TORONTO - Foreign-trained workers will be told within one year of applying whether their credentials will be accepted in Canada under a framework announced Monday that opposition critics charged doesn't address systemic barriers to immigrants.

While the Liberals and New Democrats highlighted what they called deficiencies in the scheme, at least one stakeholder group lauded the Conservative plan on foreign credentials.

Beginning Dec. 31, 2010, foreign-trained architects, engineers, pharmacists, physio and occupational therapists and registered nurses will be among the groups that fall under the framework. Doctors and others are slated to be included in the one-year timetable by the end of 2012.

"We want a system that is fair, that's consistent, that's efficient and that's accessible," Human Resources Minister Diane Finley said.

"We want to encourage newcomers to put their talents to work here and we can make it happen sooner. This is essential to help people find fulfilling jobs, rewarding work that contributes to Canada's future."

The new framework also pledges that federal, provincial, and territorial governments will strive to create better services for immigrants before they arrive in Canada and once they're in the workforce.

The governments will work with regulatory bodies, colleges and universities, and other "key partners" to make the changes happen, Ottawa said.

The one-year timetable will very difficult to fulfil because the federal government has no real control, with the exception of the funding they give for language and settlement programs, said Liberal immigration critic Maurizio Bevilacqua.

It's provincial bodies, which are under the control of the provincial governments, that are responsible for making the final decision of approving foreign credentials, he said.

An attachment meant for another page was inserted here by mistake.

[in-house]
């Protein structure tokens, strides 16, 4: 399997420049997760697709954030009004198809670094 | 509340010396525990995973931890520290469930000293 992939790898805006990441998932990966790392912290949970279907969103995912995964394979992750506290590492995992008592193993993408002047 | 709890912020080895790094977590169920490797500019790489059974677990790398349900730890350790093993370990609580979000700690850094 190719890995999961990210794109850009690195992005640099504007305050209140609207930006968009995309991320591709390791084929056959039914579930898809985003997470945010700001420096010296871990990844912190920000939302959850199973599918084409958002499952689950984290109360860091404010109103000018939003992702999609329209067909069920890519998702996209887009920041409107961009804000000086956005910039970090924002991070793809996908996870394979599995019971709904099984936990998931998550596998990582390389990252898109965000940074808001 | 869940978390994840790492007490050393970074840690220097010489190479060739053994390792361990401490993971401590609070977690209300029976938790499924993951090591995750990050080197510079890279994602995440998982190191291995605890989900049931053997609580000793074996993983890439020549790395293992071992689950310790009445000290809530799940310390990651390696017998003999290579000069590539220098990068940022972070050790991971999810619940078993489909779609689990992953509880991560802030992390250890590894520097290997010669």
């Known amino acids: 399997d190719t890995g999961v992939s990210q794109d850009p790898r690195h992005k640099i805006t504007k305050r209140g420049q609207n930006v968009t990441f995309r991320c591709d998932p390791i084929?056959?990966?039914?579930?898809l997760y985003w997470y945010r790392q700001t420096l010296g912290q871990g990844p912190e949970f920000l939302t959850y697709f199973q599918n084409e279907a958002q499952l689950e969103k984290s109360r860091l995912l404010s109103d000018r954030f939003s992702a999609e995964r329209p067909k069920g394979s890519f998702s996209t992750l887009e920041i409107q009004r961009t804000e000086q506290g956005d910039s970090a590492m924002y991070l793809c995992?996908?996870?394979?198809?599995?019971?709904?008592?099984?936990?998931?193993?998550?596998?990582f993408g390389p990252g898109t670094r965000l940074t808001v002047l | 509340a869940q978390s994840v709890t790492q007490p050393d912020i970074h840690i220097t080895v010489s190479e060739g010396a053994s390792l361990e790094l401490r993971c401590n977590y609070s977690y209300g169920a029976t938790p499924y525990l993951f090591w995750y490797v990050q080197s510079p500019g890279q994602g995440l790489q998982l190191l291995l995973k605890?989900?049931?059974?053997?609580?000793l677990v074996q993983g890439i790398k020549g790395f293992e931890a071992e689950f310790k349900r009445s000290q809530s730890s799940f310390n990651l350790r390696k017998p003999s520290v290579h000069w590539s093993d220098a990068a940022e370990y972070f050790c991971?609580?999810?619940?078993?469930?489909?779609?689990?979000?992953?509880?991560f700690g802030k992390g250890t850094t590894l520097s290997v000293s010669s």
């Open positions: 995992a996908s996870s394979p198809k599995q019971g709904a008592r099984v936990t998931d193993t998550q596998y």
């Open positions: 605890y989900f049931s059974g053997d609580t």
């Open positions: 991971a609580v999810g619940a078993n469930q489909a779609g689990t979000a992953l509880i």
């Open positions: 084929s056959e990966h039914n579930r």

"The provinces are more and more the important players in immigration," said Bevilacqua.

Although doctors will be included in the framework by the end of 2012 that means very little without a significant expansion of mandatory physicians' internship programs, said NDP immigration critic Olivia Chow.

"It's cold comfort for doctors that have to wait until January of 2013 to have their credentials recognized, but still can't practise because there's not enough internships for them," Chow said.

Bevilacqua said not including doctors in the first group shows the Conservative policy is not driven by priorities.

The Canadian Migration Institute, however, lauded the announcement, saying the policy will help ensure a top-notch workforce in Canada.

"For too long well-qualified, foreign-trained workers hit a wall upon arriving in Canada because their foreign qualifications were not recognized by the various provincial professional regulators," said the institute's chairman, Imran Qayyum.

Qayyum said he knows from personal experience Canada has lost qualified physicians because they could not get their credentials recognized quickly enough. His own brother left Canada and is now practising as a cardiologist in St. Louis, Mo., because the wait was too long, he said.

"The foreign-trained doctor driving a taxi when Canada faces an acute shortage of physicians is a problem that the governments need to overcome," said Qayyum.

Sima Zerehi of The Coalition for Change for Temporary Foreign Workers and Migrant Workers said she believes the announcement is little more than a smokescreen.

"I think what we have here is a series of feel-good announcements that are supposed to put a veneer of positive immigration changes over substantially regressive immigration policies," Zerehi said.

Federal Immigration Minister Jason Kenney, who said earlier this year that he's been dubbed "minister for curry in a hurry" by some of his colleagues because he's spent so much time courting new Canadians, refuted suggestions that Monday's announcement is aimed at securing immigrant votes in the next election.

"This makes good economic sense, and in terms of the politics, you know, there are provincial governments from right across the spectrum - NDP, Liberal, Conservative, The Saskatchewan Party - all of whom have partnered with us on this," Kenney said.

"This is about good policy and good outcomes for the Canadian economy, it's not about politics."

According to a study by Statistics Canada released earlier this month, 42 per cent of immigrant workers between 25 and 54 had a higher level of education than their jobs required, compared to 28 per cent of Canadian-born employees.

Bevilacqua says immigrants are also over-represented when it comes to poverty and unemployment.